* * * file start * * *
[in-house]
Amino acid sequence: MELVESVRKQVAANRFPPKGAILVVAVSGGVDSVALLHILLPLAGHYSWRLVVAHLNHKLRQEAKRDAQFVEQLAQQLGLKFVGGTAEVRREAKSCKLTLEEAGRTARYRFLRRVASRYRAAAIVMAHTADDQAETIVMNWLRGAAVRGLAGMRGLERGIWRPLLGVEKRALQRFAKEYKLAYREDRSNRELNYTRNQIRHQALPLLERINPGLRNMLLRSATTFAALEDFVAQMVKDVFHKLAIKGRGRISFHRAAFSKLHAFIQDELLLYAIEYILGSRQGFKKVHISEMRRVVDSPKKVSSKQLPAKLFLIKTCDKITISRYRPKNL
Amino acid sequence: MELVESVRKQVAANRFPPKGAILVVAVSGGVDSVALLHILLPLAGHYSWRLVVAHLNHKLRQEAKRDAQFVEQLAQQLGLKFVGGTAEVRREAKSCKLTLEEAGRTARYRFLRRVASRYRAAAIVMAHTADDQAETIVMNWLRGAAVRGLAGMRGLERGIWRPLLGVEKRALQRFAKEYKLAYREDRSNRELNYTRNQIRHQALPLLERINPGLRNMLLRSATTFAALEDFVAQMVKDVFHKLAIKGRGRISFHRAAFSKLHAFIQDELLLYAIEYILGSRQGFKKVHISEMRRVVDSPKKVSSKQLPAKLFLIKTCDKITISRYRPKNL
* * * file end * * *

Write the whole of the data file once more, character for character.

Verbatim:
[in-house]
Amino acid sequence: MELVESVRKQVAANRFPPKGAILVVAVSGGVDSVALLHILLPLAGHYSWRLVVAHLNHKLRQEAKRDAQFVEQLAQQLGLKFVGGTAEVRREAKSCKLTLEEAGRTARYRFLRRVASRYRAAAIVMAHTADDQAETIVMNWLRGAAVRGLAGMRGLERGIWRPLLGVEKRALQRFAKEYKLAYREDRSNRELNYTRNQIRHQALPLLERINPGLRNMLLRSATTFAALEDFVAQMVKDVFHKLAIKGRGRISFHRAAFSKLHAFIQDELLLYAIEYILGSRQGFKKVHISEMRRVVDSPKKVSSKQLPAKLFLIKTCDKITISRYRPKNL
Amino acid sequence: MELVESVRKQVAANRFPPKGAILVVAVSGGVDSVALLHILLPLAGHYSWRLVVAHLNHKLRQEAKRDAQFVEQLAQQLGLKFVGGTAEVRREAKSCKLTLEEAGRTARYRFLRRVASRYRAAAIVMAHTADDQAETIVMNWLRGAAVRGLAGMRGLERGIWRPLLGVEKRALQRFAKEYKLAYREDRSNRELNYTRNQIRHQALPLLERINPGLRNMLLRSATTFAALEDFVAQMVKDVFHKLAIKGRGRISFHRAAFSKLHAFIQDELLLYAIEYILGSRQGFKKVHISEMRRVVDSPKKVSSKQLPAKLFLIKTCDKITISRYRPKNL